With tears streaming down his cheeks, Wendel Clark said goodbye to hockey.
The 15-year veteran retired Thursday, ending a career in which his fearless play endeared him to Toronto Maple Leafs fans.
"I just wanted to play hockey," the 33-year-old winger said at a news conference at Air Canada Centre. "That's pretty much the whole story."
In his prime, Clark could score with a wicked wrist shot, punish opponents with clean checks and drop his gloves at a moment's notice. He was a fighter with a knockout punch. He was also the fans' choice, and he rocked Maple Leaf Gardens.
"I've been asked a lot why we've had the relationship we've had," Clark said. I've never had an answer. But maybe that's why this is the right place to retire. ...
"I started as a Leaf and I can end as a Leaf. No matter where I played this has always felt like home."
Clark spent 12 1/2 seasons during three stints with Toronto, and he also played for Quebec, the New York Islanders, Tampa Bay, Detroit and Chicago. He was a 30-plus goal scorer five times.
"For 15 years, even when he was wearing other jerseys, Leaf fans loved Wendel Clark," Leafs president Ken Dryden said. "Wendel, you have given Leaf fans many years of your career and many more years of memories."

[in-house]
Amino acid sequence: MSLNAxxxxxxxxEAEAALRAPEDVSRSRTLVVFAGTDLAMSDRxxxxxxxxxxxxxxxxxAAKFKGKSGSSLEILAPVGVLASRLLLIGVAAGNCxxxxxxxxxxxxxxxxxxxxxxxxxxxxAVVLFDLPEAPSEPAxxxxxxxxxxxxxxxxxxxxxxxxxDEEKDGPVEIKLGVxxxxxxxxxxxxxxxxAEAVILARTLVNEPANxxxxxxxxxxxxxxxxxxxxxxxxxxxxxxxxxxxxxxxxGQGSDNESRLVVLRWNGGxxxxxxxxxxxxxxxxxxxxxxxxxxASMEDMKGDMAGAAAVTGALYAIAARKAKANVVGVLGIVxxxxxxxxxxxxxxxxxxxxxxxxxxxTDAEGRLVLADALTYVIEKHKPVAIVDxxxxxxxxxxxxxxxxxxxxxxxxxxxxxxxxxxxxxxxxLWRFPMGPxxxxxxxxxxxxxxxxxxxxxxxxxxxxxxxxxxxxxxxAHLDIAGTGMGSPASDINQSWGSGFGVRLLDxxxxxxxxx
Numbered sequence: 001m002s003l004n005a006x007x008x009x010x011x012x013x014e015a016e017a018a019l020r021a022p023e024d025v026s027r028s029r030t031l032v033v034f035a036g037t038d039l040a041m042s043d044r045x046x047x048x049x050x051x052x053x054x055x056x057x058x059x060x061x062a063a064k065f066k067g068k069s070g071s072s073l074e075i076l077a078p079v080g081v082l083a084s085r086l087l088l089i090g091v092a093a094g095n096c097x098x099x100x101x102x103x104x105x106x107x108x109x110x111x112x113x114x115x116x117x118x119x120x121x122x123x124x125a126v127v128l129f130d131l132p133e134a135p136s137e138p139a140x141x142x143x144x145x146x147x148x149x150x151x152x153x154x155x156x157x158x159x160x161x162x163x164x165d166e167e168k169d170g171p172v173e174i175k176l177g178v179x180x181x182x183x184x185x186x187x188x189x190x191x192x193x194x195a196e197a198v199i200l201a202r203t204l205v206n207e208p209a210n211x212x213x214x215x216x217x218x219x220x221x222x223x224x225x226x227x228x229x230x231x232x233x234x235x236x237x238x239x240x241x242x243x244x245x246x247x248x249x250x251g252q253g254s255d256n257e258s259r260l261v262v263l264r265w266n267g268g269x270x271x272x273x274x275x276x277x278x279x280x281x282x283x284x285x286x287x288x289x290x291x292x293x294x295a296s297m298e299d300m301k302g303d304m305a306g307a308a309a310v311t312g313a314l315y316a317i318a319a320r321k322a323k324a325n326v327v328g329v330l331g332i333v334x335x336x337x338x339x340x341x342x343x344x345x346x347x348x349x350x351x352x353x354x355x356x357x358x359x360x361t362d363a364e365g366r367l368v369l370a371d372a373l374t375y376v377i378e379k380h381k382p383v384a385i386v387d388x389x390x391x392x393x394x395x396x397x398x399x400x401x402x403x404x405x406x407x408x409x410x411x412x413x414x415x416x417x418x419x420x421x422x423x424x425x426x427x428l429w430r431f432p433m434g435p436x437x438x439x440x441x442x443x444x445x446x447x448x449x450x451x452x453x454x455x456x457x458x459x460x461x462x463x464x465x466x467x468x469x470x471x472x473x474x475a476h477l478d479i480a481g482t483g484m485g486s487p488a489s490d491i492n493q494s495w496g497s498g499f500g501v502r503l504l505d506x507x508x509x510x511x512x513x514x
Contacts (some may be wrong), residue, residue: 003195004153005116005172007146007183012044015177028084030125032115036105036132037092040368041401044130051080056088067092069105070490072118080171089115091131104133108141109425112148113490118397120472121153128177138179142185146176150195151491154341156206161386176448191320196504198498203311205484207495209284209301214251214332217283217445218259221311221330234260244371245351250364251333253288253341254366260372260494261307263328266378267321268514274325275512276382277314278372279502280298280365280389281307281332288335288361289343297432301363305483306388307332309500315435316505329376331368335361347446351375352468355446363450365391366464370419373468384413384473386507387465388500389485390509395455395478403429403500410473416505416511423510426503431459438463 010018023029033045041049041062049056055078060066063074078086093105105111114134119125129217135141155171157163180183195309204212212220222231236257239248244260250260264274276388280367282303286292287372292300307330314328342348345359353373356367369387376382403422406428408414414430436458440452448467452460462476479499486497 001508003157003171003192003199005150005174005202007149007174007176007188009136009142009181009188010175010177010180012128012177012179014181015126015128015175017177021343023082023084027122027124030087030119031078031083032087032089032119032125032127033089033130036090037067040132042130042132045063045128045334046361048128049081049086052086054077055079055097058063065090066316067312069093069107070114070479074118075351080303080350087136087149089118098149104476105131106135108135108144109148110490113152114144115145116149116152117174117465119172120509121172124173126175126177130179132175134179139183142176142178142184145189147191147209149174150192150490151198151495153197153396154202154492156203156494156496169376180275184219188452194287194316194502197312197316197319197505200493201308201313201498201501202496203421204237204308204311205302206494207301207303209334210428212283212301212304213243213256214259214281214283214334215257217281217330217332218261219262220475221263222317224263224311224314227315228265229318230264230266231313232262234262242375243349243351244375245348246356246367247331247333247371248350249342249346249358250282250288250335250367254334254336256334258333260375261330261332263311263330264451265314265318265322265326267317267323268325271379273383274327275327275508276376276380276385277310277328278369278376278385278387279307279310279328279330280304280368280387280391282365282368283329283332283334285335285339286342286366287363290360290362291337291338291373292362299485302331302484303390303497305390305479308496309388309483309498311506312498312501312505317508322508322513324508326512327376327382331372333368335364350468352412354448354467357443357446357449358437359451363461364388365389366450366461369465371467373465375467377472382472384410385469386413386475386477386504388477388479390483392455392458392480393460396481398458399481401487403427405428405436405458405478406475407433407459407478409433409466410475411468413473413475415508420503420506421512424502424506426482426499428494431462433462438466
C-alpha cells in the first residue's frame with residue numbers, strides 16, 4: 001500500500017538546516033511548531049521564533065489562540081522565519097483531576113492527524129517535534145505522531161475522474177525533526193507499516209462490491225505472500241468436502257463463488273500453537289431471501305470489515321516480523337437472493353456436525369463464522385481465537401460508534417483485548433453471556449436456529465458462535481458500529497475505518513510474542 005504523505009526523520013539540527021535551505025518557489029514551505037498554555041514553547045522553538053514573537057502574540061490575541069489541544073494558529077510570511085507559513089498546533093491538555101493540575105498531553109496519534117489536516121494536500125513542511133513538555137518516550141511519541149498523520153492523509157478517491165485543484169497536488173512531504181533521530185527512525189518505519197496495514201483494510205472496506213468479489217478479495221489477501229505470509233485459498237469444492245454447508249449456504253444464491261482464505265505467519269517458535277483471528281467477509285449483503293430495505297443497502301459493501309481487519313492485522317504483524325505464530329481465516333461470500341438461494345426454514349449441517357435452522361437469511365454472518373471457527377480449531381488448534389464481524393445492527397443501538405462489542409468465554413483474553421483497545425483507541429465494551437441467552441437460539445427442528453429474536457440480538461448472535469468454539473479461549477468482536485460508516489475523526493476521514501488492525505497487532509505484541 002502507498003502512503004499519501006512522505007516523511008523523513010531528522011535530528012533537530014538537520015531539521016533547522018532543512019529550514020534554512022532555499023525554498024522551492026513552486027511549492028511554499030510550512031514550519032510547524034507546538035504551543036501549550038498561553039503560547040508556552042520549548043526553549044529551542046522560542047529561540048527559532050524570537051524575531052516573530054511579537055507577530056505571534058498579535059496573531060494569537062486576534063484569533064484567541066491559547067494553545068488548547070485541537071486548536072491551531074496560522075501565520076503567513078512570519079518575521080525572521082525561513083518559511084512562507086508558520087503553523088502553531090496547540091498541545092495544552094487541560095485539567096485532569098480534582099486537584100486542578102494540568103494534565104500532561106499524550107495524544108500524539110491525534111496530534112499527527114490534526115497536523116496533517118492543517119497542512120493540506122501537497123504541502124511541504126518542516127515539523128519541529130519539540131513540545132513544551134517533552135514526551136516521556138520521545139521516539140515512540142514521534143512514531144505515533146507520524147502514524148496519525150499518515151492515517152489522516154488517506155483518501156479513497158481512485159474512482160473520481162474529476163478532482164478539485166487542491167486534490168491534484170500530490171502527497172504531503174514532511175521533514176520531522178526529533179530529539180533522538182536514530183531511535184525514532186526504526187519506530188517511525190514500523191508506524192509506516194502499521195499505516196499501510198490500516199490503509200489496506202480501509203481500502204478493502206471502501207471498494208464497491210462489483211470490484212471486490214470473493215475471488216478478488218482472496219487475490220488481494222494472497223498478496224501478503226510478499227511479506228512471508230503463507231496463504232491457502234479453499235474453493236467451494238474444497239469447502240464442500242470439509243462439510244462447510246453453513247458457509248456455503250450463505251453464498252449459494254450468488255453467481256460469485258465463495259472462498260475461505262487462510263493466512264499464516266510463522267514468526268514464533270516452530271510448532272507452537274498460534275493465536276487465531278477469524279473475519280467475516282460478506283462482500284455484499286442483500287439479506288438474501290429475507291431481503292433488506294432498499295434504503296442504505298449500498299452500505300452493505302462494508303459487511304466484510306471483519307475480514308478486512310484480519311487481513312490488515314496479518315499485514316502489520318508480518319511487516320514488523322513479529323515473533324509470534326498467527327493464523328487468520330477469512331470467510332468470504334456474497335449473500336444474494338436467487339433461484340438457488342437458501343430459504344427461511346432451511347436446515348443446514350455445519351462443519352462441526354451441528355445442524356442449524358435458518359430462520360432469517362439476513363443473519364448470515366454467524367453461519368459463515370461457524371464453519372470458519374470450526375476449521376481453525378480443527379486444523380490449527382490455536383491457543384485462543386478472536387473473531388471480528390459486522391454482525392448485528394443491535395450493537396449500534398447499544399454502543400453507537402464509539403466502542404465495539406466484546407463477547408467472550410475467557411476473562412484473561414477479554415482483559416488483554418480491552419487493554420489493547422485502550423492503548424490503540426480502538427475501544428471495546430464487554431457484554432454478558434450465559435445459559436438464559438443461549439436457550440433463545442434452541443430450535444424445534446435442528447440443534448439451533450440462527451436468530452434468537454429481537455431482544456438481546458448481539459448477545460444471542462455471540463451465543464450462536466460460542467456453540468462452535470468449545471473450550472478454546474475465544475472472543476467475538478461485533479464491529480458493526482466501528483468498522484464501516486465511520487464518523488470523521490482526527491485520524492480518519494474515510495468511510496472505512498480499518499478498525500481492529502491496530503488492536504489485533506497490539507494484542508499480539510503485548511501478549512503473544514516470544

The Maple Leafs, who made Clark the first overall pick in the 1985 entry draft, reportedly had no plans to pick up the option on his $700,000 contract for the 2000-2001 season. There is a chance he might join the front office.
Clark's rambunctious style took a toll on his body, and his career was beset by injuries.
"I think that was a factor," said Leafs winger Steve Thomas, who first played with Clark in 1985-86. "He was 5-10 but played like he was 6-3. It showed the heart he had."
For his career, Clark had 330 goals and 234 assists in 793 regular-season games and 37 goals and 32 assists in 95 playoff games.
The height of Clark's popularity probably came during the 1993 playoffs, when he and Doug Gilmour carried an overachieving team to the semifinals. Clark's goal in Game 6 against Los Angeles had given the Leafs the lead, and it seemed as if a trip to the finals to play Montreal was imminent. But the Kings came back and won Game 7.
Clark's best season followed in 1993-94, when he scored a career-best 46 goals in only 64 games. hen, as injuries followed, his career began to slide.
Clark never won a Stanley Cup. The Colorado Avalanche, transplanted from Quebec, traded the winger to the Islanders early in the 1995-96 season, the year the Avalanche won the Cup.
Clark returned to the Maple Leafs for a second time in March 1996. On Jan. 8, he returned to Toronto again, where he had one last playoff run.
"We added it up and it's been five cities in the last year," Clark said. "It gets a little tougher."
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